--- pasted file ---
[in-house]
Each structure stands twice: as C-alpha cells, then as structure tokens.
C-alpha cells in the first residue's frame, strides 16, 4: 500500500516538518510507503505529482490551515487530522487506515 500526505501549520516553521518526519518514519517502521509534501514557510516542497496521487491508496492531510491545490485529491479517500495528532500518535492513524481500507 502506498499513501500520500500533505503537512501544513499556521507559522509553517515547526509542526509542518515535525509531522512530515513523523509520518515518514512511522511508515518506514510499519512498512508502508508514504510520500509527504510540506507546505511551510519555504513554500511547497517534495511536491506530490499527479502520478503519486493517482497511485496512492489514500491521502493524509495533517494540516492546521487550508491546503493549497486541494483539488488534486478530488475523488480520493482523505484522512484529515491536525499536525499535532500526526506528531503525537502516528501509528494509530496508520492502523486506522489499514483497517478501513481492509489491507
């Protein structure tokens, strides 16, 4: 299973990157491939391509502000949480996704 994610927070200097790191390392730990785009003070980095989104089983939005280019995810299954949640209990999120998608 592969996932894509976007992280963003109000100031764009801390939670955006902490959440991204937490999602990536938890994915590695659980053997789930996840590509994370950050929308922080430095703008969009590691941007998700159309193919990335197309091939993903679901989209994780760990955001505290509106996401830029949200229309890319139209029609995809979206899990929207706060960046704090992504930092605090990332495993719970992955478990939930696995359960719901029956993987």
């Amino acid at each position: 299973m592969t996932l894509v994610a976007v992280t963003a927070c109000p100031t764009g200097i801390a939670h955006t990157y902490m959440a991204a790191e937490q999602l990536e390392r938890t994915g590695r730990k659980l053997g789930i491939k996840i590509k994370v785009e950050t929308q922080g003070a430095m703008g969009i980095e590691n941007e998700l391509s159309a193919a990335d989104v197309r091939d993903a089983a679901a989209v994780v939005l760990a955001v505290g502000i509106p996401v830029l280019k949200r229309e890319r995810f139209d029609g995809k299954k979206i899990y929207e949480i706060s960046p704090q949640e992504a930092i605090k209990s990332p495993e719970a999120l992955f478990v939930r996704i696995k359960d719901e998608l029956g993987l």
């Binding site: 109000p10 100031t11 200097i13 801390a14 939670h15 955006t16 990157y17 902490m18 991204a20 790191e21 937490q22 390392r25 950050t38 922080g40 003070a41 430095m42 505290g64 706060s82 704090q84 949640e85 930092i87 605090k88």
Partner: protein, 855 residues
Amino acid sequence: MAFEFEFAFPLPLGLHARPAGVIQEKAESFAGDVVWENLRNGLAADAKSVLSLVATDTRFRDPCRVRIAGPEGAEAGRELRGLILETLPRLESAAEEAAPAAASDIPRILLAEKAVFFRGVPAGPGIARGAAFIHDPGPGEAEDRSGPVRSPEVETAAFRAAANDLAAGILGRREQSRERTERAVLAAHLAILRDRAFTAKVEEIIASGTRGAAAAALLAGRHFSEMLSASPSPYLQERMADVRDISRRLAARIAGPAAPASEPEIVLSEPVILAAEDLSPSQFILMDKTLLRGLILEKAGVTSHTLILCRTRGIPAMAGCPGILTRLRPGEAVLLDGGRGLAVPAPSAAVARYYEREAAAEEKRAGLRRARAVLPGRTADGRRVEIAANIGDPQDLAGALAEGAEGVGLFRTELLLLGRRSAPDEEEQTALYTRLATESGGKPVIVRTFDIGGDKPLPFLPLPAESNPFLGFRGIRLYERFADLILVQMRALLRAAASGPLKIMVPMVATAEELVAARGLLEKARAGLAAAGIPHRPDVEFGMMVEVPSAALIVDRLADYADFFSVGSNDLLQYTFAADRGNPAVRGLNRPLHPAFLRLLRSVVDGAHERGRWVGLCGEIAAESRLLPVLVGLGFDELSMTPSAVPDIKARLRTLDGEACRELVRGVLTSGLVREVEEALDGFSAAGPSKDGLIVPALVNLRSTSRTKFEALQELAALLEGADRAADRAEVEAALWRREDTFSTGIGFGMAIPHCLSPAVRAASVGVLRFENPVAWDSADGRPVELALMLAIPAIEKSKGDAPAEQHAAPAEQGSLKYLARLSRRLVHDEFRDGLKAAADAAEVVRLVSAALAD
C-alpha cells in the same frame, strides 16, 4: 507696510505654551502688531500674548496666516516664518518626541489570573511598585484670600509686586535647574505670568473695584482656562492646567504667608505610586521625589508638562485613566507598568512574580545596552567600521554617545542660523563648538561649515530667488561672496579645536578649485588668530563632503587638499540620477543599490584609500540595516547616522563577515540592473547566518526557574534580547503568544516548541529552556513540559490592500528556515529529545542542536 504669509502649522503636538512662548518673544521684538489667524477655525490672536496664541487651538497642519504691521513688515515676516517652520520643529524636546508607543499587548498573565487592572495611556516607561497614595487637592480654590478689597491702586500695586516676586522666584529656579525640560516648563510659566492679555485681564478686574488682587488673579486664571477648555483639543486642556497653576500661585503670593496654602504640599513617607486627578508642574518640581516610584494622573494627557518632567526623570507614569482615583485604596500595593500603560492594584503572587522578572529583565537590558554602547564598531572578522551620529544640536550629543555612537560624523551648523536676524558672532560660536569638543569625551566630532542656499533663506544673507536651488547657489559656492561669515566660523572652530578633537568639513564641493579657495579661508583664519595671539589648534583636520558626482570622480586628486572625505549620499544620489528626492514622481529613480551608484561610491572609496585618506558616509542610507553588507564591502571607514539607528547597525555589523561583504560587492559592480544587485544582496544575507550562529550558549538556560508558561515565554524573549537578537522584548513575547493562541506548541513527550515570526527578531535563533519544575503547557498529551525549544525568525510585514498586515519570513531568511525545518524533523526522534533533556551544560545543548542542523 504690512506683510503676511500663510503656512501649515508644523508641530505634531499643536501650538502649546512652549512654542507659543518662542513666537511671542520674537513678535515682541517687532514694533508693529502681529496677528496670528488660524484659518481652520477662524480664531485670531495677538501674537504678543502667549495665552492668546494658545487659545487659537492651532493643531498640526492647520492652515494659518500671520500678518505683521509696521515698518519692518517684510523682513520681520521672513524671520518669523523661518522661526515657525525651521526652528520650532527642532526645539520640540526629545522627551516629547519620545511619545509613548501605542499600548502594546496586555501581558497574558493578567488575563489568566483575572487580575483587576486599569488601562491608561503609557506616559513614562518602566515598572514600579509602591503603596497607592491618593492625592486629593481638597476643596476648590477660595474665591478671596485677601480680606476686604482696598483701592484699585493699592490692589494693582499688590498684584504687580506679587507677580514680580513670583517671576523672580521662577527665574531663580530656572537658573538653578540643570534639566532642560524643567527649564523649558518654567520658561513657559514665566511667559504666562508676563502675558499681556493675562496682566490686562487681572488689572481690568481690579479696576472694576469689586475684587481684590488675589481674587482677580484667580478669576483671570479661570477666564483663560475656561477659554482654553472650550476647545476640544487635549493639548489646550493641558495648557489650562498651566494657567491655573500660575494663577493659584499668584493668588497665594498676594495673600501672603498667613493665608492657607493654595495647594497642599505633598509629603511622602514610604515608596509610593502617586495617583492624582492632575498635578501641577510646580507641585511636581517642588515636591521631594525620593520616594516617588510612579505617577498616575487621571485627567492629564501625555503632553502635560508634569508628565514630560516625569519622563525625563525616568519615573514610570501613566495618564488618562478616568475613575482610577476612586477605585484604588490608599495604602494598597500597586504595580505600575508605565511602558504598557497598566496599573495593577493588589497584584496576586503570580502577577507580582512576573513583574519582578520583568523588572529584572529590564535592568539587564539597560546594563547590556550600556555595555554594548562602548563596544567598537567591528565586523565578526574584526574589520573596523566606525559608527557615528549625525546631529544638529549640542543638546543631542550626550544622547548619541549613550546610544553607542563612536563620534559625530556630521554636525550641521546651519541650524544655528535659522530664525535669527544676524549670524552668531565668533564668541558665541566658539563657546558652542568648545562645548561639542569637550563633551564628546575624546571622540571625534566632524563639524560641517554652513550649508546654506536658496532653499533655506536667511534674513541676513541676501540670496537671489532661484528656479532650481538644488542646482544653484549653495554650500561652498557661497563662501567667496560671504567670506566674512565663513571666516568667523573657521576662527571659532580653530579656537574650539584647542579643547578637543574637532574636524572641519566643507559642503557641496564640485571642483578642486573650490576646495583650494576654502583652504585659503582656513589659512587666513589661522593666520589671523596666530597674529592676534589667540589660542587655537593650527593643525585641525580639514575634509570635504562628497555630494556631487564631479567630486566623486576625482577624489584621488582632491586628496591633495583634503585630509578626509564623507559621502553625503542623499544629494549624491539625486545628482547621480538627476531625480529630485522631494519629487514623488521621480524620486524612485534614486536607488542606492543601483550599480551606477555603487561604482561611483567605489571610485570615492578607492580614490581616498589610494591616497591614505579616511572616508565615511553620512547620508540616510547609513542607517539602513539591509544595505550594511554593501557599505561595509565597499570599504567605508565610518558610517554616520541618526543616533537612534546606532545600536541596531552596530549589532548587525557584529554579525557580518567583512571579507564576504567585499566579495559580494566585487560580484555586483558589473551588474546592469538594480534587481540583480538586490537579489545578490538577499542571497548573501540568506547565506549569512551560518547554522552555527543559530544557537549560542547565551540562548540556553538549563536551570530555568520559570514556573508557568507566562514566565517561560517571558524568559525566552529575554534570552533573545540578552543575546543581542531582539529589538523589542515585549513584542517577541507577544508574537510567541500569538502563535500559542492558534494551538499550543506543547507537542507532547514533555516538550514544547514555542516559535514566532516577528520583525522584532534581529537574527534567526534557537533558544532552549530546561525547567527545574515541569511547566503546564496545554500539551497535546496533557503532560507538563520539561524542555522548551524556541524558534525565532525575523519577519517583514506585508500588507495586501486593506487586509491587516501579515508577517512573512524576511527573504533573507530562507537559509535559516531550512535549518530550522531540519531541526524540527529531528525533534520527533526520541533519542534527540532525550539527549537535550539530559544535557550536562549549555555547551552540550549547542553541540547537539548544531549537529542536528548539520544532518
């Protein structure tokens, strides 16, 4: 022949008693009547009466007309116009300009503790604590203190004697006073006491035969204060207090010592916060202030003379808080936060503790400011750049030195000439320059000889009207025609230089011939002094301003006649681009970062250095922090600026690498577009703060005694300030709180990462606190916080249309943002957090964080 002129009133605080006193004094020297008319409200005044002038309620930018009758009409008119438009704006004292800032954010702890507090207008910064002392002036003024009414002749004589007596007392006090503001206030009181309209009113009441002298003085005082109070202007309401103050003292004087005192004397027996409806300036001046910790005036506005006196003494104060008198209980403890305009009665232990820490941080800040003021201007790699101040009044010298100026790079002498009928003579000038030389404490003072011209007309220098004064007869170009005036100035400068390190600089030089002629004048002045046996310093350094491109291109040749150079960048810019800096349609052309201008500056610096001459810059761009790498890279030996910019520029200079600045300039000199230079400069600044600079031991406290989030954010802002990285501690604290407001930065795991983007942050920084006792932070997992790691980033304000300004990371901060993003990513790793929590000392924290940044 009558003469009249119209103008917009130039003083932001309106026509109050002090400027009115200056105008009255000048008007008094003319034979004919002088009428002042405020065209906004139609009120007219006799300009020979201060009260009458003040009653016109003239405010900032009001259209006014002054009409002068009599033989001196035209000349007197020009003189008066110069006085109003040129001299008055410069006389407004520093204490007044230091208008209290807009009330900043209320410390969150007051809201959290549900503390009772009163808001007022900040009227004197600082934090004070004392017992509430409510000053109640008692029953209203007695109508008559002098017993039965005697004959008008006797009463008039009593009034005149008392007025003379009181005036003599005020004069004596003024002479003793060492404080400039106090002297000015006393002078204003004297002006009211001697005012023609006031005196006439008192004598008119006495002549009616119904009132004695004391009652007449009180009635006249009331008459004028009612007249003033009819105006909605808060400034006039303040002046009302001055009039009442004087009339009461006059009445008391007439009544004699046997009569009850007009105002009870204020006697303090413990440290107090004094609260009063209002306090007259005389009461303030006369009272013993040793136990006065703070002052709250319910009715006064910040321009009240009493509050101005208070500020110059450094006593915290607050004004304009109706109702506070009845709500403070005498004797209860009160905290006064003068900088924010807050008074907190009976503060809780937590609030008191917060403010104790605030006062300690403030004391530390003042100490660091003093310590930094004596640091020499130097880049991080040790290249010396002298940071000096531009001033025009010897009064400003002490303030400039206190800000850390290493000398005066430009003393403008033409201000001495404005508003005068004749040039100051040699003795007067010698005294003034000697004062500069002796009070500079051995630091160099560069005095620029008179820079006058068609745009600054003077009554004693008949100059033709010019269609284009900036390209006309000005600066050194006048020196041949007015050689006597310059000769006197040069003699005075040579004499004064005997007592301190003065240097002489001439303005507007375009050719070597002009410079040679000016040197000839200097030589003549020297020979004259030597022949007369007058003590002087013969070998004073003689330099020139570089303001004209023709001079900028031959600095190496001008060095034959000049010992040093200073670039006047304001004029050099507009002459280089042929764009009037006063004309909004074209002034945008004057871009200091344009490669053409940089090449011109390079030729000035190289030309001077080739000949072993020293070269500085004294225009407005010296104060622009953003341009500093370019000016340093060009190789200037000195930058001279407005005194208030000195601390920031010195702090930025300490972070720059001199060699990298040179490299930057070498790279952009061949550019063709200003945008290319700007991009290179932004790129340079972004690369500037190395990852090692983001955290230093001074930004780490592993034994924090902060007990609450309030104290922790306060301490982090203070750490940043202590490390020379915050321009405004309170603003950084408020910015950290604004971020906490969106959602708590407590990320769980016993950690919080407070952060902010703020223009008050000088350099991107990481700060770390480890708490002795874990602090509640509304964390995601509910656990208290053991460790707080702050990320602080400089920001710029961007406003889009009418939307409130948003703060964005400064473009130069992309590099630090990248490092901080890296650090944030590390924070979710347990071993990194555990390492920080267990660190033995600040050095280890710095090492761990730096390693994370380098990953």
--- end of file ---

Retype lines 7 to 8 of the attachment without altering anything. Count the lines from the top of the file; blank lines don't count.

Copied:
Partner: protein, 855 residues
Amino acid sequence: MAFEFEFAFPLPLGLHARPAGVIQEKAESFAGDVVWENLRNGLAADAKSVLSLVATDTRFRDPCRVRIAGPEGAEAGRELRGLILETLPRLESAAEEAAPAAASDIPRILLAEKAVFFRGVPAGPGIARGAAFIHDPGPGEAEDRSGPVRSPEVETAAFRAAANDLAAGILGRREQSRERTERAVLAAHLAILRDRAFTAKVEEIIASGTRGAAAAALLAGRHFSEMLSASPSPYLQERMADVRDISRRLAARIAGPAAPASEPEIVLSEPVILAAEDLSPSQFILMDKTLLRGLILEKAGVTSHTLILCRTRGIPAMAGCPGILTRLRPGEAVLLDGGRGLAVPAPSAAVARYYEREAAAEEKRAGLRRARAVLPGRTADGRRVEIAANIGDPQDLAGALAEGAEGVGLFRTELLLLGRRSAPDEEEQTALYTRLATESGGKPVIVRTFDIGGDKPLPFLPLPAESNPFLGFRGIRLYERFADLILVQMRALLRAAASGPLKIMVPMVATAEELVAARGLLEKARAGLAAAGIPHRPDVEFGMMVEVPSAALIVDRLADYADFFSVGSNDLLQYTFAADRGNPAVRGLNRPLHPAFLRLLRSVVDGAHERGRWVGLCGEIAAESRLLPVLVGLGFDELSMTPSAVPDIKARLRTLDGEACRELVRGVLTSGLVREVEEALDGFSAAGPSKDGLIVPALVNLRSTSRTKFEALQELAALLEGADRAADRAEVEAALWRREDTFSTGIGFGMAIPHCLSPAVRAASVGVLRFENPVAWDSADGRPVELALMLAIPAIEKSKGDAPAEQHAAPAEQGSLKYLARLSRRLVHDEFRDGLKAAADAAEVVRLVSAALAD